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15 January 2011

Stone Age hunting bill sails through committee

Cavemen of Montana, be grateful. Republican State Senator Greg Hinkle of Thompson Falls failed to establish a hereditary hunting aristocracy in Montana, but he’s having better luck legalizing your right to practice one of the most primitive means of killing animals: spearing them.

That’s right: on 14 January, the State Senate’s fish and game committee voted 10-zip to send SB-112 — “An Act Providing that a Hand-Thrown Spear Must be Considered a Lawful Means of Hunting” — to the Senate’s floor. I expect it will pass handily.

Hinkle’s Stone Age Hunting Act of 2011 will apply during the general rifle season, allowing hunters for whom killing a deer with a high-powered rifle no longer provides enough of a thrill to tie on their loincloths, grab their flint-tipped poles, and run through the forests and meadows, spear arm held high and back, trying to close to within skewering distance of Bambi.

During his testimony supporting SB-112, Hinkle referred to six-foot-six, 270-pound Minnesota Vikings defensive end Jared Allen, who reportedly leverages his great strength and speed with an atlatl, a device similar to a dog-ball thrower that adds giddyup to the spear (SB-112 is silent on atlatls, woomeras, and like devices). Allen can be seen spearing an elk on a game farm in this disgusting video that would remind me of a character in a Carl Hiaasen novel were it not for the gratuitous suffering of the dying elk.

Allen is not the only hunter spearing wildlife for fun, of course, and there are websites devoted to the activity.

The Montana Department of Fish, Wildlife, and Park’s position on SB-112 can be characterized as a faintly shamefaced Don’t Get Crosswise with the Legislature or Hunters:

“We feel this is primarily a social issue,” FWP Fish and Wildlife Administrator Dave Risley said at the hearing. “There is really no biology involved [what about human testosterone, David?].”

But he said FWP was concerned about sending any signal that wild boar — a popular spear target in other states — was an acceptable species to hunt in Montana.

There’s another name for hunting wild boar with a spear: pig sticking:

Pig sticking has been practiced in Spain and Europe since the times of the Roman Empire. Many generals have stated that pig sticking is the finest war training for both horse and man. It has been the favorite sport of kings in Spain since medieval ages. It was in India during the British imperial occupation that pig sticking became a well organized and widespread sport, especially among the military officers that had to patrol the country by horse.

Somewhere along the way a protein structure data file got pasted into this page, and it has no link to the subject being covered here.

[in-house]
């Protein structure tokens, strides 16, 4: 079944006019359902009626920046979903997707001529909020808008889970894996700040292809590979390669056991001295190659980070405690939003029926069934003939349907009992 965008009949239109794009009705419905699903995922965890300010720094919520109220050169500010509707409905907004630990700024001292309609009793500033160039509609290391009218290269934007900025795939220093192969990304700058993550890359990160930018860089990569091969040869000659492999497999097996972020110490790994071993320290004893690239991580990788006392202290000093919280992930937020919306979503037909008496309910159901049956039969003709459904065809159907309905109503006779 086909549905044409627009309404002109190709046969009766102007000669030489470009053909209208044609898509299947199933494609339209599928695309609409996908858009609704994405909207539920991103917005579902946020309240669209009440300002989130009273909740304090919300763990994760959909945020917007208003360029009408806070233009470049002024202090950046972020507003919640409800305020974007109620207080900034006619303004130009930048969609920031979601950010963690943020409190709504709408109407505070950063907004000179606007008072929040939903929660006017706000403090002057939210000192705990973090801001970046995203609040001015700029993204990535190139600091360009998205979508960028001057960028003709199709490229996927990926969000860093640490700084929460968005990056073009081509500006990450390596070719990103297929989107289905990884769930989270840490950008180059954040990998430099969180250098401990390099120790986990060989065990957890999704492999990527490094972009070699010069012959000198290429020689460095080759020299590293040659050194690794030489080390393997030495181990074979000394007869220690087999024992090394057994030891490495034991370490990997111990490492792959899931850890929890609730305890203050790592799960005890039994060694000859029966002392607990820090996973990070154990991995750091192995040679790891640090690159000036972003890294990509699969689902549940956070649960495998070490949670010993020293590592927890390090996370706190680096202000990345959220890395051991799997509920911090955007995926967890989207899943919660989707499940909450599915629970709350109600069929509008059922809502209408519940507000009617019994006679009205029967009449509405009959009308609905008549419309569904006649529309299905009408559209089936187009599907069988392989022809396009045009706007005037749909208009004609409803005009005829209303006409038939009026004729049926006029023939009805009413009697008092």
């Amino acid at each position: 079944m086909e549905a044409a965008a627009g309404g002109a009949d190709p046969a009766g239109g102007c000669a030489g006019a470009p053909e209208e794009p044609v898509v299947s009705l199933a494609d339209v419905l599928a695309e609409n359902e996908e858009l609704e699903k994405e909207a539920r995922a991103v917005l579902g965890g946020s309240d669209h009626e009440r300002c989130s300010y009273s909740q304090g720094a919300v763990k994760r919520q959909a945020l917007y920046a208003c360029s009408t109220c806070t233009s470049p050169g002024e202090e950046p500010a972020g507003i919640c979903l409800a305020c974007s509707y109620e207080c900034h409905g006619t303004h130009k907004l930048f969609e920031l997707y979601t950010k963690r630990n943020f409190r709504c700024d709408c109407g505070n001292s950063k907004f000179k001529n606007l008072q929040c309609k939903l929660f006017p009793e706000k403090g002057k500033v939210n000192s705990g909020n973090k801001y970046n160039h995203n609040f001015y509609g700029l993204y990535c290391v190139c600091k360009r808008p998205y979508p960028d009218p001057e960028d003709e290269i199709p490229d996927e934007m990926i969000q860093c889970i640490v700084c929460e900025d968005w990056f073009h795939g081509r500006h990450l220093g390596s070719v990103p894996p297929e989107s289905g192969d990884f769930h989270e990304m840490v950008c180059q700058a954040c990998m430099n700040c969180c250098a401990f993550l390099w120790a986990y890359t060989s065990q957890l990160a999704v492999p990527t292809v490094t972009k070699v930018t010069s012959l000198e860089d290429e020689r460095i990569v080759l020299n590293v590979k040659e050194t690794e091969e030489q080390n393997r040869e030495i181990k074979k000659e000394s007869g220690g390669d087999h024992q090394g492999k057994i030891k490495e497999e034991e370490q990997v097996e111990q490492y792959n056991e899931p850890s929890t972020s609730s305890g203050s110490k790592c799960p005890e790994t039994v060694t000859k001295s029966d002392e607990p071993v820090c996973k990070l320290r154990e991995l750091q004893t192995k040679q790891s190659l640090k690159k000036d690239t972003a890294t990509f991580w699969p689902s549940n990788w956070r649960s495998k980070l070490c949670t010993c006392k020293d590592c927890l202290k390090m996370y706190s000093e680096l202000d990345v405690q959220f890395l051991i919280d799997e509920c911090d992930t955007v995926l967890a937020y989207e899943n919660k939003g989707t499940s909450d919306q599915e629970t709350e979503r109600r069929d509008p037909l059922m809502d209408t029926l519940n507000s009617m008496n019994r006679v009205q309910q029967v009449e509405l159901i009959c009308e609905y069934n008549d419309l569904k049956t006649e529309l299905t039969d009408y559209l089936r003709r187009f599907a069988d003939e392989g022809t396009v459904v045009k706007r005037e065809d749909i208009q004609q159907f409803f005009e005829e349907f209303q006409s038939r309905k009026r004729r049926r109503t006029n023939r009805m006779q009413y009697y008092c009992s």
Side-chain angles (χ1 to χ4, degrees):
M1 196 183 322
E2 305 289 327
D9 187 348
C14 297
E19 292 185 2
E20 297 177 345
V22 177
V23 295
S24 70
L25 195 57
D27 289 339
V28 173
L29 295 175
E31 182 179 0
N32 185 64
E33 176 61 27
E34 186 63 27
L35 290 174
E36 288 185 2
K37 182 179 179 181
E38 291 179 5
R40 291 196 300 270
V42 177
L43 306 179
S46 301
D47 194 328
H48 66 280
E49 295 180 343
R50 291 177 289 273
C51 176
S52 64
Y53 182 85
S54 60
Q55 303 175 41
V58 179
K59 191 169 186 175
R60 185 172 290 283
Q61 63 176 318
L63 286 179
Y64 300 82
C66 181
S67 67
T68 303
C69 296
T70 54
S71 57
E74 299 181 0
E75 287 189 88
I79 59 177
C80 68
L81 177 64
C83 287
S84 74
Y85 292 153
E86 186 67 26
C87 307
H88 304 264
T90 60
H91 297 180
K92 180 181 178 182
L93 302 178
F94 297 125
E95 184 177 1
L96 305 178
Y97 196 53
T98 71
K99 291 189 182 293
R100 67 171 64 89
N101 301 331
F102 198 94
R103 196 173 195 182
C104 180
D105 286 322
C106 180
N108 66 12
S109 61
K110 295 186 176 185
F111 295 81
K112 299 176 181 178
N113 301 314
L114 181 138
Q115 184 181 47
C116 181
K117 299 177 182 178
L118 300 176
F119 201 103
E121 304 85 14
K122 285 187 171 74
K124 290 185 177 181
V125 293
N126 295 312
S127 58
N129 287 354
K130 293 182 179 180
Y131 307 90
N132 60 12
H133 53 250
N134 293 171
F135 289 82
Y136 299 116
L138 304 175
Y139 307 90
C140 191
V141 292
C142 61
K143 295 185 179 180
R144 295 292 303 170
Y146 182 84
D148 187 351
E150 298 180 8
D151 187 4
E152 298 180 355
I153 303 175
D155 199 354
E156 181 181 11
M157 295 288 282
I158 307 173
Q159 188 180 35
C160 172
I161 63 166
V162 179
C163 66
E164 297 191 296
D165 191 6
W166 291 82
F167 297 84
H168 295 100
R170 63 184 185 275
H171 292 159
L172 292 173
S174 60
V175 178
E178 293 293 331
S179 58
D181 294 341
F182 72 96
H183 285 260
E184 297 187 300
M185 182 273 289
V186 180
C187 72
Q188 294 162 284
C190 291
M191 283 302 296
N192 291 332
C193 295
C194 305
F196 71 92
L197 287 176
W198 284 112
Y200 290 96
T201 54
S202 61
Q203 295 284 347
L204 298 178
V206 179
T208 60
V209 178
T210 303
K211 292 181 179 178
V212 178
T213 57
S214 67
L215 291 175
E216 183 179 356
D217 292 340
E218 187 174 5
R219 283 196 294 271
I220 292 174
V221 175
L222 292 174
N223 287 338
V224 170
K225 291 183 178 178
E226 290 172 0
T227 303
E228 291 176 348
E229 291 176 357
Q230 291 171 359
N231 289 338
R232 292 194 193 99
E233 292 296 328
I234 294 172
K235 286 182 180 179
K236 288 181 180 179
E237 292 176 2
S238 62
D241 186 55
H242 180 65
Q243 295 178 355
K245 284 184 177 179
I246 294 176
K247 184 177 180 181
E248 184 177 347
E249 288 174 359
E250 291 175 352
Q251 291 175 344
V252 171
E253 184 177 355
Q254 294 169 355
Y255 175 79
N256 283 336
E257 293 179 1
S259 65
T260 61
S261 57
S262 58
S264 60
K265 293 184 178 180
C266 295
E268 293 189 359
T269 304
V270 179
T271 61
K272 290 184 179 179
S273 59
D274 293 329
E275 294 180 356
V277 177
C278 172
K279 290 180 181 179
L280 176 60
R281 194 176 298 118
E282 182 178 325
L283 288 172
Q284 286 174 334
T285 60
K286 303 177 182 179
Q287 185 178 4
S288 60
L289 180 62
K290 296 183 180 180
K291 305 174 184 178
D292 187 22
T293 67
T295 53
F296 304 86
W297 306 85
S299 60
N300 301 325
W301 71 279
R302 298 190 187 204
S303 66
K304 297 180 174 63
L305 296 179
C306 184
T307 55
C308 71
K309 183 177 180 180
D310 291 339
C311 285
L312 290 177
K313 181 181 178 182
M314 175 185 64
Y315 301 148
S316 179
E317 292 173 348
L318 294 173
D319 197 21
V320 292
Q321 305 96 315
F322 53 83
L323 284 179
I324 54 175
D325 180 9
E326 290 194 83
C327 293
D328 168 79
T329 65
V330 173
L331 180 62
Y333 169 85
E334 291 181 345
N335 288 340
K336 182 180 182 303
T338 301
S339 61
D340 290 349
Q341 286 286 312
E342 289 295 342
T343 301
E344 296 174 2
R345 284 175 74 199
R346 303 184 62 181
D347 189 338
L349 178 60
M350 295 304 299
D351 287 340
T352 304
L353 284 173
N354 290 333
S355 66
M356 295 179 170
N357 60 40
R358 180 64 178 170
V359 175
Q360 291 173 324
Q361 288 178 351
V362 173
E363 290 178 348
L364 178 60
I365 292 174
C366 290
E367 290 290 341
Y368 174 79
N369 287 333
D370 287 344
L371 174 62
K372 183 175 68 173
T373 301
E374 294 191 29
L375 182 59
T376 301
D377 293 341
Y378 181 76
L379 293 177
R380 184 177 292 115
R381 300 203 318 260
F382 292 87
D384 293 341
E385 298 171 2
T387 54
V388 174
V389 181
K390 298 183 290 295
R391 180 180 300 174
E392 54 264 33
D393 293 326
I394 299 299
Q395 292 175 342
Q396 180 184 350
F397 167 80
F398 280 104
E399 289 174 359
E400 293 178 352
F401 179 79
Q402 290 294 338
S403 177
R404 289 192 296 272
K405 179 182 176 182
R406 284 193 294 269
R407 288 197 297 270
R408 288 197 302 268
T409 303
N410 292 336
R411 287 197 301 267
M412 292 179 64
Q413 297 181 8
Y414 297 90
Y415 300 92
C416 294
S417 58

(Is is possible that among Hinkle’s motives for introducing SB-112 is an urge to make things more like home for remittance men who settled in Montana?)

Pig sticking certainly provides images of savage decadance, while grizzly sticking, if ever legalized, is the picture of terminal foolhardiness. But neither pig sticking, game farm elk slaying, nor grizzly lancing, provides my most enduring image of spear hunting.

That honor belongs to some backyard Bubba who, marinating spare ribs with Sweet Baby Ray’s while guzzling Bud, is distracted by an impudent gopher that keeps peeking up and waving from his hole next to Bubba’s rock garden. Hurled river stones never find their mark, so Bubba heads inside to get his varmint rifle, which he momentarily forgets he’s hocked to pay for the massive grill that’s now charring the ribs.

His discombobulation lasts but seconds. His inner MacGyver takes over. Bubba the Barbecuer becomes Bubba the Improvisor. He seizes a curtain rod, duct-tapes a steak knife to it, lurches outside, and, with a wild scream that almost gives his wife, Cindy Lou, a heart attack, launches his sirloin-slicer in the general direction of the gopher, who reflexively ducks and watches the spear ricochet off a rock and into Cindy Lou’s derriere. Cindy Lou shrieks. The grinning gopher pops back up to wave at Bubba. And Bubba? His sole thought is whether he dares tell the surgeon while in Cindy Lou’s presence that “Greg Hinkle made it legal to spear big game in Montana.”

If this nonesense makes it through the legislature — and it probably will if the courage and wisdom displayed by the State Senate’s fish and game committee’s members is any indication — Governor Schweitzer should spear it with a veto.